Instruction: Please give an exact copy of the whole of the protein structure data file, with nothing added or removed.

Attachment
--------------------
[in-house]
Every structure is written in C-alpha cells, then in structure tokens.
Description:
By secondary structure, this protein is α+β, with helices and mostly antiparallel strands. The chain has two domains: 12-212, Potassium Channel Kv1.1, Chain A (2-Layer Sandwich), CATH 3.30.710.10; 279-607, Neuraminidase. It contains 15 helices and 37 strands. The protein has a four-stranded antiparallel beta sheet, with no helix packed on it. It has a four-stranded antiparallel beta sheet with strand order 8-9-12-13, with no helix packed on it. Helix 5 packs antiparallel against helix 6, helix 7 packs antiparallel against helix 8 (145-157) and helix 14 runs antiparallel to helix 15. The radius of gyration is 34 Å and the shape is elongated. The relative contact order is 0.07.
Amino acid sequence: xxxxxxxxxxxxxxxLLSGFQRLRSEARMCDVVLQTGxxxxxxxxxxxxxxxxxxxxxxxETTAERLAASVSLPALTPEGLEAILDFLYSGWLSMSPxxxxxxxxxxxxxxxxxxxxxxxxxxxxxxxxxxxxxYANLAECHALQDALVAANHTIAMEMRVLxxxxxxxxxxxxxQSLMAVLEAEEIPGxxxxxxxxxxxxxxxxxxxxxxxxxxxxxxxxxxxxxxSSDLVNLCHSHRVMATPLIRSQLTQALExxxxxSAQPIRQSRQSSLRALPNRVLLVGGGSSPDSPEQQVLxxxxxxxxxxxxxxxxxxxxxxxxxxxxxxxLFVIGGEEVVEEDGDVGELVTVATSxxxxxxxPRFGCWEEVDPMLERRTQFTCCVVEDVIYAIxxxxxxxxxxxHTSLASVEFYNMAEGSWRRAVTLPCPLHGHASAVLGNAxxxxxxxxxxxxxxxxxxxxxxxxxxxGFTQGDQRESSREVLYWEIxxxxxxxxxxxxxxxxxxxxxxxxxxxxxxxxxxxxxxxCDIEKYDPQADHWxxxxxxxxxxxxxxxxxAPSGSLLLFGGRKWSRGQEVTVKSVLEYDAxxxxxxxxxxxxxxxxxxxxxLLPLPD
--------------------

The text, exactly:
[in-house]
Every structure is written in C-alpha cells, then in structure tokens.
Description:
By secondary structure, this protein is α+β, with helices and mostly antiparallel strands. The chain has two domains: 12-212, Potassium Channel Kv1.1, Chain A (2-Layer Sandwich), CATH 3.30.710.10; 279-607, Neuraminidase. It contains 15 helices and 37 strands. The protein has a four-stranded antiparallel beta sheet, with no helix packed on it. It has a four-stranded antiparallel beta sheet with strand order 8-9-12-13, with no helix packed on it. Helix 5 packs antiparallel against helix 6, helix 7 packs antiparallel against helix 8 (145-157) and helix 14 runs antiparallel to helix 15. The radius of gyration is 34 Å and the shape is elongated. The relative contact order is 0.07.
Amino acid sequence: xxxxxxxxxxxxxxxLLSGFQRLRSEARMCDVVLQTGxxxxxxxxxxxxxxxxxxxxxxxETTAERLAASVSLPALTPEGLEAILDFLYSGWLSMSPxxxxxxxxxxxxxxxxxxxxxxxxxxxxxxxxxxxxxYANLAECHALQDALVAANHTIAMEMRVLxxxxxxxxxxxxxQSLMAVLEAEEIPGxxxxxxxxxxxxxxxxxxxxxxxxxxxxxxxxxxxxxxSSDLVNLCHSHRVMATPLIRSQLTQALExxxxxSAQPIRQSRQSSLRALPNRVLLVGGGSSPDSPEQQVLxxxxxxxxxxxxxxxxxxxxxxxxxxxxxxxLFVIGGEEVVEEDGDVGELVTVATSxxxxxxxPRFGCWEEVDPMLERRTQFTCCVVEDVIYAIxxxxxxxxxxxHTSLASVEFYNMAEGSWRRAVTLPCPLHGHASAVLGNAxxxxxxxxxxxxxxxxxxxxxxxxxxxGFTQGDQRESSREVLYWEIxxxxxxxxxxxxxxxxxxxxxxxxxxxxxxxxxxxxxxxCDIEKYDPQADHWxxxxxxxxxxxxxxxxxAPSGSLLLFGGRKWSRGQEVTVKSVLEYDAxxxxxxxxxxxxxxxxxxxxxLLPLPD